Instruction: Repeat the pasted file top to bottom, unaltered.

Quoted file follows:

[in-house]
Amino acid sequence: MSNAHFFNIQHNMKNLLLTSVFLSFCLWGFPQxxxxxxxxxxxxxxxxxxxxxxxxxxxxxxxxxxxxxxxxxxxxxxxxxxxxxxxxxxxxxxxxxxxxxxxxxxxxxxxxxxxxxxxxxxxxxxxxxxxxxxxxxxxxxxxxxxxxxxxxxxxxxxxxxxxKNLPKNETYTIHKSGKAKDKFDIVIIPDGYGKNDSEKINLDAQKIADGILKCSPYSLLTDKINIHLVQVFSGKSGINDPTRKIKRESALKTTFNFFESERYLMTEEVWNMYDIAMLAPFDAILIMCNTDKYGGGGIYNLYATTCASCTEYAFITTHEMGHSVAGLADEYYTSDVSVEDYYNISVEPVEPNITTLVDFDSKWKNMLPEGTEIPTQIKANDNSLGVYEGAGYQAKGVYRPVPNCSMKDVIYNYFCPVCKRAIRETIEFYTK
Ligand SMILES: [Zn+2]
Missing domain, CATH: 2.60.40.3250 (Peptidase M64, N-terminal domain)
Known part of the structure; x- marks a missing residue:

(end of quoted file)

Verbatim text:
[in-house]
Amino acid sequence: MSNAHFFNIQHNMKNLLLTSVFLSFCLWGFPQxxxxxxxxxxxxxxxxxxxxxxxxxxxxxxxxxxxxxxxxxxxxxxxxxxxxxxxxxxxxxxxxxxxxxxxxxxxxxxxxxxxxxxxxxxxxxxxxxxxxxxxxxxxxxxxxxxxxxxxxxxxxxxxxxxxKNLPKNETYTIHKSGKAKDKFDIVIIPDGYGKNDSEKINLDAQKIADGILKCSPYSLLTDKINIHLVQVFSGKSGINDPTRKIKRESALKTTFNFFESERYLMTEEVWNMYDIAMLAPFDAILIMCNTDKYGGGGIYNLYATTCASCTEYAFITTHEMGHSVAGLADEYYTSDVSVEDYYNISVEPVEPNITTLVDFDSKWKNMLPEGTEIPTQIKANDNSLGVYEGAGYQAKGVYRPVPNCSMKDVIYNYFCPVCKRAIRETIEFYTK
Ligand SMILES: [Zn+2]
Missing domain, CATH: 2.60.40.3250 (Peptidase M64, N-terminal domain)
Known part of the structure; x- marks a missing residue: